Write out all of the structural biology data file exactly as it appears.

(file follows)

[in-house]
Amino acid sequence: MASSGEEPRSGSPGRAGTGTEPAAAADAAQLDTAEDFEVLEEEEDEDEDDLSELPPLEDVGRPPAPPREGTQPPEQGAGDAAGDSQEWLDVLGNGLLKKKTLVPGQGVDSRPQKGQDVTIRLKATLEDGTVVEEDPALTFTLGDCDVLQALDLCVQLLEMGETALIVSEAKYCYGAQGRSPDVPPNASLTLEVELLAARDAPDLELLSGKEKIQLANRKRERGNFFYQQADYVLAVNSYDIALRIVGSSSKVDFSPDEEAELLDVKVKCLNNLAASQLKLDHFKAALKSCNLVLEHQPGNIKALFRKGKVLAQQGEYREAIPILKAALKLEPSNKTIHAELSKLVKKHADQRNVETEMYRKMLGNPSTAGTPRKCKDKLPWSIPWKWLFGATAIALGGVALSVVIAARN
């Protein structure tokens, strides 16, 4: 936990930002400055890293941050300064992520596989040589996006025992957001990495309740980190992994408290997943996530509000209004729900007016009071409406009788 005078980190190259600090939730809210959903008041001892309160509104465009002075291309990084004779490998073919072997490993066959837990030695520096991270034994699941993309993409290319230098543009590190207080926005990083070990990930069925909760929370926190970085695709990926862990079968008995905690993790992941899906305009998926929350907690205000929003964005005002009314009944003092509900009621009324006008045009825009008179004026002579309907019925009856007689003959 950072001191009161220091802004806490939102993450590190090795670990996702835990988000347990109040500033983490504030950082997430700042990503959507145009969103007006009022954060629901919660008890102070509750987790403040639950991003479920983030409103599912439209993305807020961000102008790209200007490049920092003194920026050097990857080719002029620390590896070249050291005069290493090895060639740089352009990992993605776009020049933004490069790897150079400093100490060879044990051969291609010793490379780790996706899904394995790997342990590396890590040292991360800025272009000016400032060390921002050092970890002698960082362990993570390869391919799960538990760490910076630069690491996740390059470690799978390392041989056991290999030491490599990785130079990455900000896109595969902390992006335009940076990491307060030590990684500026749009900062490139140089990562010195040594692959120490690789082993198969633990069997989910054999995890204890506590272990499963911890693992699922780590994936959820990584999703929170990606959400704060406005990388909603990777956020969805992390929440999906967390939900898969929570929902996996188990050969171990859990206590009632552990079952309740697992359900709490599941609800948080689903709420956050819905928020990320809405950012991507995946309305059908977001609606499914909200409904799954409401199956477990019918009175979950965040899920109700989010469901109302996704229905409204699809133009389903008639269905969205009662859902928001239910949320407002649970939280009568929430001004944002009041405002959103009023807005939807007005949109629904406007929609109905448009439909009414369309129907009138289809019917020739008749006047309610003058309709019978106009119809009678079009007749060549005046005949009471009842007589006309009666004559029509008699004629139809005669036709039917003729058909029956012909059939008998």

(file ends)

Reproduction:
[in-house]
Amino acid sequence: MASSGEEPRSGSPGRAGTGTEPAAAADAAQLDTAEDFEVLEEEEDEDEDDLSELPPLEDVGRPPAPPREGTQPPEQGAGDAAGDSQEWLDVLGNGLLKKKTLVPGQGVDSRPQKGQDVTIRLKATLEDGTVVEEDPALTFTLGDCDVLQALDLCVQLLEMGETALIVSEAKYCYGAQGRSPDVPPNASLTLEVELLAARDAPDLELLSGKEKIQLANRKRERGNFFYQQADYVLAVNSYDIALRIVGSSSKVDFSPDEEAELLDVKVKCLNNLAASQLKLDHFKAALKSCNLVLEHQPGNIKALFRKGKVLAQQGEYREAIPILKAALKLEPSNKTIHAELSKLVKKHADQRNVETEMYRKMLGNPSTAGTPRKCKDKLPWSIPWKWLFGATAIALGGVALSVVIAARN
């Protein structure tokens, strides 16, 4: 936990930002400055890293941050300064992520596989040589996006025992957001990495309740980190992994408290997943996530509000209004729900007016009071409406009788 005078980190190259600090939730809210959903008041001892309160509104465009002075291309990084004779490998073919072997490993066959837990030695520096991270034994699941993309993409290319230098543009590190207080926005990083070990990930069925909760929370926190970085695709990926862990079968008995905690993790992941899906305009998926929350907690205000929003964005005002009314009944003092509900009621009324006008045009825009008179004026002579309907019925009856007689003959 950072001191009161220091802004806490939102993450590190090795670990996702835990988000347990109040500033983490504030950082997430700042990503959507145009969103007006009022954060629901919660008890102070509750987790403040639950991003479920983030409103599912439209993305807020961000102008790209200007490049920092003194920026050097990857080719002029620390590896070249050291005069290493090895060639740089352009990992993605776009020049933004490069790897150079400093100490060879044990051969291609010793490379780790996706899904394995790997342990590396890590040292991360800025272009000016400032060390921002050092970890002698960082362990993570390869391919799960538990760490910076630069690491996740390059470690799978390392041989056991290999030491490599990785130079990455900000896109595969902390992006335009940076990491307060030590990684500026749009900062490139140089990562010195040594692959120490690789082993198969633990069997989910054999995890204890506590272990499963911890693992699922780590994936959820990584999703929170990606959400704060406005990388909603990777956020969805992390929440999906967390939900898969929570929902996996188990050969171990859990206590009632552990079952309740697992359900709490599941609800948080689903709420956050819905928020990320809405950012991507995946309305059908977001609606499914909200409904799954409401199956477990019918009175979950965040899920109700989010469901109302996704229905409204699809133009389903008639269905969205009662859902928001239910949320407002649970939280009568929430001004944002009041405002959103009023807005939807007005949109629904406007929609109905448009439909009414369309129907009138289809019917020739008749006047309610003058309709019978106009119809009678079009007749060549005046005949009471009842007589006309009666004559029509008699004629139809005669036709039917003729058909029956012909059939008998």